Pastors fret about this. They think, “Well, maybe they are anticipating the sermon so eagerly that they just can’t sing.” But more likely the congregation is thinking about the chores they have to do in the afternoon, the groceries they need to buy, why the person in their pew is wearing such strong perfume.

When the small congregation at Wilkey would sing a hymn Walter would open up his dwindling but still powerful, operatically trained baritone voice and bellow over everyone else. The first time it happened people just looked around to see where that voice was coming from. All you could hear was Walter, his voice bouncing off the ceiling, the walls, the ears of every person.

One Christmas Eve I brought Walter with me to a midnight Candlelight service across the river in Cherry Hill, New Jersey where Nancy was an associate pastor at a large church. This was a strong church, with a big music program, and people who were much more upper crust. This was a large sanctuary and there were probably 1000 people there that night. Big sanctuary.

We were singing carols and even over the singing of such a large congregation and a loud pipe organ you could hear Walter. In fact, the senior pastor, who was way up in the front of the sanctuary, heard this loud, bellowing voice, and turned to Nancy who was next to him, and asked who that was singing.

When Walter sang everyone heard him. And he made sure everyone heard him. And I was uncomfortable with this and was worried about what others were thinking. Was he dominating the worship? Was he making a spectacle of himself. How could I confront him and not hurt his feelings?

But one Sunday as I was again listening to Walter belt out a hymn the Lord convicted my heart. It was as if he was saying to me, “You know Phil, you always want people to sing boldly and to their fullest. Finally someone is doing this and you’re thinking about telling him to tone it down. What’s your problem?”

A little spiritual advice folks: Whenever the Lord asks you, “What’s your problem?” listen up. The Lord had a point.

Here was someone singing, partially from ego but still to the glory of God, and I was complaining. Afterall, we are singing to God. How can we not sing our loudest, best, and most glorious.

And you know what else? I had it all wrong. People in the congregation began to share with me how much they appreciated Walter. He inspired them and made them want to sing better. They loved him. God had used this eccentric. but very lovable saint, to teach me about worshipping Him.

Walter didn’t care what others were thinking about his singing. He didn’t wait to see if they were even singing at all. It was time to sing to the Lord so he sang.

If Walter was, why wasn’t I? So I began to sing loud, too.

Psalm 98 says to sing to the Lord a new song. It says to sing because he has done marvelous thing. Sing because of his salvation. Sing because of his love and faithfulness. It says to burst into jubilant song and do it with joy.

Psalm 98 tells even the mountains to sing for joy before the Lord.

The Psalms, were the songs that ancient Israel – and Jesus! – sang in worship. The word “sing” appears 166 times in the Bible. The word “singing” is used 35 other times. Theirs is a lot of singing in the Bible.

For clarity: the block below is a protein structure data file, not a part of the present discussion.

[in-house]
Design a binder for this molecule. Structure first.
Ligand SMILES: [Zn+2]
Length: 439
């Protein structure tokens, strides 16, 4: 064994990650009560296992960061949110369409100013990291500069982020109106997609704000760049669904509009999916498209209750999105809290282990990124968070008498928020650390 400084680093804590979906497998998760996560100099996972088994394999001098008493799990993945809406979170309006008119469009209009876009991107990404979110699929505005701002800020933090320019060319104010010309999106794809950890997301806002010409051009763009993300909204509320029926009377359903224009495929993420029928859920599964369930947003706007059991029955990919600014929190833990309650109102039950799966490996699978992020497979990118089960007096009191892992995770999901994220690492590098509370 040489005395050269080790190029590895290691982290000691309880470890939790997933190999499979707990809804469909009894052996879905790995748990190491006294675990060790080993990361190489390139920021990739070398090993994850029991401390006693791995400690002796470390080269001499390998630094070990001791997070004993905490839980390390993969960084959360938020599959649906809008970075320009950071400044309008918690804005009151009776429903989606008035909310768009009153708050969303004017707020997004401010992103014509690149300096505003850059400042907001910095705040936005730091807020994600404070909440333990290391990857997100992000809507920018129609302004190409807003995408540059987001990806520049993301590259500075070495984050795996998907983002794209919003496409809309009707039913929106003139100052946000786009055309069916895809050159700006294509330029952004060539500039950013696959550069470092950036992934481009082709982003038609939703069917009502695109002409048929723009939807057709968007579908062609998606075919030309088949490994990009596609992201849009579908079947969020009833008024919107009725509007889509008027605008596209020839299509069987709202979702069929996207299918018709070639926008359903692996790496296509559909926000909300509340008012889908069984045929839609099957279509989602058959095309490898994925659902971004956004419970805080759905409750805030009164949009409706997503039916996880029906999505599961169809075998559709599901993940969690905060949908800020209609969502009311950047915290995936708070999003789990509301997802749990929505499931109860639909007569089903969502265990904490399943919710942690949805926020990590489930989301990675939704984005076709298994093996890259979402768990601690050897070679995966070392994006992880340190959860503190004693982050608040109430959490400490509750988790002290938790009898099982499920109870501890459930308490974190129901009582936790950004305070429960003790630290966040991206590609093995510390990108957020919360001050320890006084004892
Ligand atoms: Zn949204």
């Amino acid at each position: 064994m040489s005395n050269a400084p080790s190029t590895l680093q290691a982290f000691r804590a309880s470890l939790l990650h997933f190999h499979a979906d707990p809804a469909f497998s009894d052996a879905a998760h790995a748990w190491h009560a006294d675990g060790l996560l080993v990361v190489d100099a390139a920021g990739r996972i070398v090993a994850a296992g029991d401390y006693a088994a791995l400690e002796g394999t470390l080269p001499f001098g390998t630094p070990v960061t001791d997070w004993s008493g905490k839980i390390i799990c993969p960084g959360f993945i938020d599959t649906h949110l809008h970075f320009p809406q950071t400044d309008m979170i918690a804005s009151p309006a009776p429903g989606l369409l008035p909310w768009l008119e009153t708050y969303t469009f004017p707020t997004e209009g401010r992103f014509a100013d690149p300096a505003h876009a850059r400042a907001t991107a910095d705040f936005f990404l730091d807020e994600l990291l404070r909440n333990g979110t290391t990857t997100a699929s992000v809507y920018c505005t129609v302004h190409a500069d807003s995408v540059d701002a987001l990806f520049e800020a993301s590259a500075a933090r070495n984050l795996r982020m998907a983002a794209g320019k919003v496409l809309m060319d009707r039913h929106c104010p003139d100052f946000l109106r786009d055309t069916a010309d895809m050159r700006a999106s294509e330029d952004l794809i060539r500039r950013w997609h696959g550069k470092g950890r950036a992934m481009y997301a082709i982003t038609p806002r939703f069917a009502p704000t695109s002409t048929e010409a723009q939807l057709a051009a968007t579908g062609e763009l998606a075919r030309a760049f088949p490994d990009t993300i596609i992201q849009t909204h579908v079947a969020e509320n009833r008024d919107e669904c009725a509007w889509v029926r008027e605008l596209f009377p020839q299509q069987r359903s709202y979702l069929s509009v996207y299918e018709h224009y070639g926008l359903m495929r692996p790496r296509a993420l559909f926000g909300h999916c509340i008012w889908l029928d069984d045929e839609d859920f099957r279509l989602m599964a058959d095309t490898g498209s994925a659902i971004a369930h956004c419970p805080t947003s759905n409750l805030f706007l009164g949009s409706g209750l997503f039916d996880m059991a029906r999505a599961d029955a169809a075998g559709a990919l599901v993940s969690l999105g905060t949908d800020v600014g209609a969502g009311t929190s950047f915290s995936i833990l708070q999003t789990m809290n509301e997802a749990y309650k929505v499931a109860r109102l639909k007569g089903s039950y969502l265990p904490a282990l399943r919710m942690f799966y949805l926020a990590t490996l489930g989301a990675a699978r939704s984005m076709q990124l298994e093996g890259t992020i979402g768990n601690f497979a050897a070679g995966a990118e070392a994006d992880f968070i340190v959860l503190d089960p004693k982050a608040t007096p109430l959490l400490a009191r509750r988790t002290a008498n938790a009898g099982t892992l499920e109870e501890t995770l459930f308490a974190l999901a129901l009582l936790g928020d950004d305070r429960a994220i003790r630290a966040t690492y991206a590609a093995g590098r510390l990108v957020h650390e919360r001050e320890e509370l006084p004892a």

Singing has been a part of the worship of God for thousands of years. In the book of Revelation it says the saints of heaven surround the throne of the Lamb of God and sing without ceasing.

It doesn’t matter what type of voice you have. Yes, some of you couldn’t carry a tune if your salvation depended on it. Who cares if you aren’t Pavarotti? Truth be told most of us can sing well enough that what we sing is recognizable.

We are thankful that Bill and Rhonda faithfully stand up here every Sunday and sing. But, take this in the right way, it’s not like they have professional voices. Maybe you should be up here, too.

God gives different gifts to everyone and maybe your gift is not music or your voice. That’s fair. But really, whether someone is up here or not, we are all the choir. We are all the praise team

And we don’t always have to sing loud. Some songs are a little mellower, shall we say. But we should sing and be heard because singing is to and about the Lord.

God loves to hear the Walters sing but he loves to hear all his children lift a joyful noise to him. Now where in the Bible does it say we have to sing well. It only says sing joyfully.

When you sing to the Lord, sing to the Lord because there is a huge difference between singing to the Lord and merely singing in church. It isn’t about you anyway. It is an offering to God. It is a way to express our thanksgiving, our hope, sometimes our sadness, and often our joy to the Lord.

Eugene Peterson said, “When persons of faith become aware of who God is and what he does, they sing.”[1]

I think how a congregation sings says something about how we feel about Jesus. One time someone visited one of the churches where I was a pastor and said he was so impressed, moved, and touched by the music, that as soon as we began singing he had tears in his eyes the whole service. (And I took him to mean that in the positive sense.)

In Colossians Paul writes that the message of Christ dwells in us when we sing psalms, hymns, and what he calls “songs of the Spirit” to one another. He was speaking of church singing. And he said to sing to God with gratitude in your hearts.

It isn’t how well we sing. It’s the conviction with which we sing.

I sing loud because of Walter. But really I sing loud because of God and who he is and what he has done. Singing gives me a way of expressing what is in my heart that other forms of devotion don’t allow. Sometimes I come here and I don’t feel like worshipping and I sing to get my heart in tune with God.

He is worthy of our song. We sing to and with one another but foremost we sing to the Lord. Not to the person sitting next to you. To God

Sing with praise, with passion, from your heart. Sing your faith.

Sing, now and always, to the glory and honor of God.

[1] Reversed Thunder, p. 66

2 views0 comments

Recent Posts

See All